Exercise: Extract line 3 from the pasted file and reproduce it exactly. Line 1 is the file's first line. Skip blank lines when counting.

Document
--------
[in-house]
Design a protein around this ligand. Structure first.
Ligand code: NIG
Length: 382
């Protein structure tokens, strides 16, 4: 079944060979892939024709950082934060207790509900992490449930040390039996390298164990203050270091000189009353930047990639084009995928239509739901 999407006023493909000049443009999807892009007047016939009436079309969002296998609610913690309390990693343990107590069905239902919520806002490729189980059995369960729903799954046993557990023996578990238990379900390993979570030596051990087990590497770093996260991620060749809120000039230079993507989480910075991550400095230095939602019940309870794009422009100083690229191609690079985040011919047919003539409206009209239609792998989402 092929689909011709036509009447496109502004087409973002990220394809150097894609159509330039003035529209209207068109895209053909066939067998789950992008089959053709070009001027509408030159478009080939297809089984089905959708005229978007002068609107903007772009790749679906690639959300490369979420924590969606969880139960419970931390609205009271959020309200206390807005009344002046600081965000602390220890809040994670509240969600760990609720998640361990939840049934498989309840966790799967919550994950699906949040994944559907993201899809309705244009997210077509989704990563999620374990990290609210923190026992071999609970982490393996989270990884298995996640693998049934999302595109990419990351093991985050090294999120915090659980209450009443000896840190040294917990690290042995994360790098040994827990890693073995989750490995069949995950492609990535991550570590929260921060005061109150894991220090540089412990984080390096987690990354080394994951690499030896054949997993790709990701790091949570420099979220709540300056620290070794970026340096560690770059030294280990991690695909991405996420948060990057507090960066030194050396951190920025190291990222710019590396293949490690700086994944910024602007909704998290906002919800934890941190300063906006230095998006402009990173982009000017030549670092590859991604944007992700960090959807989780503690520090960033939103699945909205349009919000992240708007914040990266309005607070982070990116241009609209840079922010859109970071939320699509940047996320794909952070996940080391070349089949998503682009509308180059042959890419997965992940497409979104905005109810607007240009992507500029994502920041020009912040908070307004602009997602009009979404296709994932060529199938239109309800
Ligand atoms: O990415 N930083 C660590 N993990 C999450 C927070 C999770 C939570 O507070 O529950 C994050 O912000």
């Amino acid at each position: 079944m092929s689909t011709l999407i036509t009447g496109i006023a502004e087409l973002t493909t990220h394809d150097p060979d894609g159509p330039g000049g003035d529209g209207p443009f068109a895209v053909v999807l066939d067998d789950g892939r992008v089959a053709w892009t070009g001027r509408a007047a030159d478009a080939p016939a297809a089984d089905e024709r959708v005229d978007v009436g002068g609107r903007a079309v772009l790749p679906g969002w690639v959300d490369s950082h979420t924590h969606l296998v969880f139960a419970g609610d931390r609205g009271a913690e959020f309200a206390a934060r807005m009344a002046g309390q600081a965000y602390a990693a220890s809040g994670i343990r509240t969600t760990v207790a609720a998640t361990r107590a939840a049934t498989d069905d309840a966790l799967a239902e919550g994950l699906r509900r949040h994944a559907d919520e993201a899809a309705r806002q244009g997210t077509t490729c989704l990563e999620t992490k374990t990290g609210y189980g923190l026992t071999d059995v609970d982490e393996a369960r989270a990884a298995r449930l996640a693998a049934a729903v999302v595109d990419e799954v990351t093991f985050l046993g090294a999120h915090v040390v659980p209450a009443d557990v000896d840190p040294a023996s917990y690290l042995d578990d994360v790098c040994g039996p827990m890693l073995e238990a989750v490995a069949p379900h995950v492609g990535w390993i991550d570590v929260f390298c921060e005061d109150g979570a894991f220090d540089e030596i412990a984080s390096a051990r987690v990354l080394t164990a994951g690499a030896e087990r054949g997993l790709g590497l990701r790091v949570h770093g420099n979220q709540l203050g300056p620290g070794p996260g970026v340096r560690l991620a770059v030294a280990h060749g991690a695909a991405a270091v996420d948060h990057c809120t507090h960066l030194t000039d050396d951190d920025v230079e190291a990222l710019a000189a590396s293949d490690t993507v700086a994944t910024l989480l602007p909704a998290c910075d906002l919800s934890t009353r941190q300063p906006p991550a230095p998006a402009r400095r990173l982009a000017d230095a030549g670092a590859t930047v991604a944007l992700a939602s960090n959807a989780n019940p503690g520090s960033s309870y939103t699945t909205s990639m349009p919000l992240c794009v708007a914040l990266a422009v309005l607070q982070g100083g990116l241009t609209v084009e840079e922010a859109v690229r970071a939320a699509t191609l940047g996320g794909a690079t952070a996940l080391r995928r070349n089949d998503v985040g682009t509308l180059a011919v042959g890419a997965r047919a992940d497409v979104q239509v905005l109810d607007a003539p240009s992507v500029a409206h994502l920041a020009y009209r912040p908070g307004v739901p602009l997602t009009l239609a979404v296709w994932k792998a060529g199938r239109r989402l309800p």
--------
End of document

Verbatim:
Ligand code: NIG